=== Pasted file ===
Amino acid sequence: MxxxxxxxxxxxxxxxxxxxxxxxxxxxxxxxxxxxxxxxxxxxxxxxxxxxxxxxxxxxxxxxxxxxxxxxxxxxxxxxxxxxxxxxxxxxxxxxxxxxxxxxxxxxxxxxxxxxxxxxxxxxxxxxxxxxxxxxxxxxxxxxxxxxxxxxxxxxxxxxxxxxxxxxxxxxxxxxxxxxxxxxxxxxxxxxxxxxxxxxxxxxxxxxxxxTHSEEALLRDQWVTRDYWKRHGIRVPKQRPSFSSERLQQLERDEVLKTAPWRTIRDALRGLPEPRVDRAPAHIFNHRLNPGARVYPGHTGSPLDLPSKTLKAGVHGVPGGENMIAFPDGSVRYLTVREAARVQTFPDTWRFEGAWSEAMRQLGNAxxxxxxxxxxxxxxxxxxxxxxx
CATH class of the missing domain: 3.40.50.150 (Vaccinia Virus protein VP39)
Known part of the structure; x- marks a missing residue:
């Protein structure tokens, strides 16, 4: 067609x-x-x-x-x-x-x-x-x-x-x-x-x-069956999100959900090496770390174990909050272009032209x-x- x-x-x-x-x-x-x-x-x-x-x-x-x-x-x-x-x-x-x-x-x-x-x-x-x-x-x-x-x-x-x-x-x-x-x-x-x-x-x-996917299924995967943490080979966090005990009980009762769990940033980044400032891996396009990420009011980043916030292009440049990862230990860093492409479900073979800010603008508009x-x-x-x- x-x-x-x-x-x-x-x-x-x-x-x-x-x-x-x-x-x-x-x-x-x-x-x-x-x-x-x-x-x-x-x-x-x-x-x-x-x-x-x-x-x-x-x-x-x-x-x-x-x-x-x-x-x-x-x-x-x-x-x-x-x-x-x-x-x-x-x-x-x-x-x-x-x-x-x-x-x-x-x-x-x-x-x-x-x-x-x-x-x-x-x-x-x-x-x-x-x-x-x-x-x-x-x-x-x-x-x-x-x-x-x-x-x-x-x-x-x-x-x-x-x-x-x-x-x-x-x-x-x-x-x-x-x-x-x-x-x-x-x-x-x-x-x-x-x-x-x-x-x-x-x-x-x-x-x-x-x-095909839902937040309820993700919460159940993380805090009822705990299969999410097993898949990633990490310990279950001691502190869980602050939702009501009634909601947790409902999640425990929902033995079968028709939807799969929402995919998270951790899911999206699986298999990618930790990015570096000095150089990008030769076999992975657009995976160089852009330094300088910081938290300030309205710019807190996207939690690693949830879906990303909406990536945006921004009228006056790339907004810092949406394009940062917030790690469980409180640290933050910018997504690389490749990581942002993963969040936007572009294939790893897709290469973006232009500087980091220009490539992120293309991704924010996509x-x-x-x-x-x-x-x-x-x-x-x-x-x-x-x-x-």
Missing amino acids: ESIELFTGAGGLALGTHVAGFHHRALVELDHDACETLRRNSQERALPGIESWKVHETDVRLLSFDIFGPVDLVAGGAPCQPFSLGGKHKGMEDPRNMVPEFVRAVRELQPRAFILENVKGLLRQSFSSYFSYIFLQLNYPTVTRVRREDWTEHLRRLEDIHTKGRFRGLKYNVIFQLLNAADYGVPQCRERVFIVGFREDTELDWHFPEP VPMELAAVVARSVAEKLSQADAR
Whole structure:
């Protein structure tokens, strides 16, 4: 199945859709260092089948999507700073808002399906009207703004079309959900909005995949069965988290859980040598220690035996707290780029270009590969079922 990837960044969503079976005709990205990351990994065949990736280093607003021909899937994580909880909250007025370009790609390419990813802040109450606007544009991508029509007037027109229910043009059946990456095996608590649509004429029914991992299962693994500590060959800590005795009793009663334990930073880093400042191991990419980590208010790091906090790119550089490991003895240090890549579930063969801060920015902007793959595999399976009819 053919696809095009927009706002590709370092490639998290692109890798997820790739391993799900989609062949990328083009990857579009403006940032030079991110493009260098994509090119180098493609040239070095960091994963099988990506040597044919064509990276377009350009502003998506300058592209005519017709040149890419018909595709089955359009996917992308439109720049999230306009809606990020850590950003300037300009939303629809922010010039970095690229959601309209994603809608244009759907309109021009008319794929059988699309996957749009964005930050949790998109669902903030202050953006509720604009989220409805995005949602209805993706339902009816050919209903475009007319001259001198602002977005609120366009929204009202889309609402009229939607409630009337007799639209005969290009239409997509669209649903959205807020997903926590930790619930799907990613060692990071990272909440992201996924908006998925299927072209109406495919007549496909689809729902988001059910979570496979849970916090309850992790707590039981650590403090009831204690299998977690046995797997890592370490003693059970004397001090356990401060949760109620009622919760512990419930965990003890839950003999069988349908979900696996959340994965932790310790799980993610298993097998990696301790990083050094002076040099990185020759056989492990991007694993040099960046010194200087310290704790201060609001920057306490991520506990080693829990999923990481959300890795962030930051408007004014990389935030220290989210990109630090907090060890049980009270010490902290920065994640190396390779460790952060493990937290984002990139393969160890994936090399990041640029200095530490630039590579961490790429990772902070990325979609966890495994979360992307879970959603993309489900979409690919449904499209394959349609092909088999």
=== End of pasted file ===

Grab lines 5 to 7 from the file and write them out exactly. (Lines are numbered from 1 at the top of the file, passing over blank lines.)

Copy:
Missing amino acids: ESIELFTGAGGLALGTHVAGFHHRALVELDHDACETLRRNSQERALPGIESWKVHETDVRLLSFDIFGPVDLVAGGAPCQPFSLGGKHKGMEDPRNMVPEFVRAVRELQPRAFILENVKGLLRQSFSSYFSYIFLQLNYPTVTRVRREDWTEHLRRLEDIHTKGRFRGLKYNVIFQLLNAADYGVPQCRERVFIVGFREDTELDWHFPEP VPMELAAVVARSVAEKLSQADAR
Whole structure:
């Protein structure tokens, strides 16, 4: 199945859709260092089948999507700073808002399906009207703004079309959900909005995949069965988290859980040598220690035996707290780029270009590969079922 990837960044969503079976005709990205990351990994065949990736280093607003021909899937994580909880909250007025370009790609390419990813802040109450606007544009991508029509007037027109229910043009059946990456095996608590649509004429029914991992299962693994500590060959800590005795009793009663334990930073880093400042191991990419980590208010790091906090790119550089490991003895240090890549579930063969801060920015902007793959595999399976009819 053919696809095009927009706002590709370092490639998290692109890798997820790739391993799900989609062949990328083009990857579009403006940032030079991110493009260098994509090119180098493609040239070095960091994963099988990506040597044919064509990276377009350009502003998506300058592209005519017709040149890419018909595709089955359009996917992308439109720049999230306009809606990020850590950003300037300009939303629809922010010039970095690229959601309209994603809608244009759907309109021009008319794929059988699309996957749009964005930050949790998109669902903030202050953006509720604009989220409805995005949602209805993706339902009816050919209903475009007319001259001198602002977005609120366009929204009202889309609402009229939607409630009337007799639209005969290009239409997509669209649903959205807020997903926590930790619930799907990613060692990071990272909440992201996924908006998925299927072209109406495919007549496909689809729902988001059910979570496979849970916090309850992790707590039981650590403090009831204690299998977690046995797997890592370490003693059970004397001090356990401060949760109620009622919760512990419930965990003890839950003999069988349908979900696996959340994965932790310790799980993610298993097998990696301790990083050094002076040099990185020759056989492990991007694993040099960046010194200087310290704790201060609001920057306490991520506990080693829990999923990481959300890795962030930051408007004014990389935030220290989210990109630090907090060890049980009270010490902290920065994640190396390779460790952060493990937290984002990139393969160890994936090399990041640029200095530490630039590579961490790429990772902070990325979609966890495994979360992307879970959603993309489900979409690919449904499209394959349609092909088999």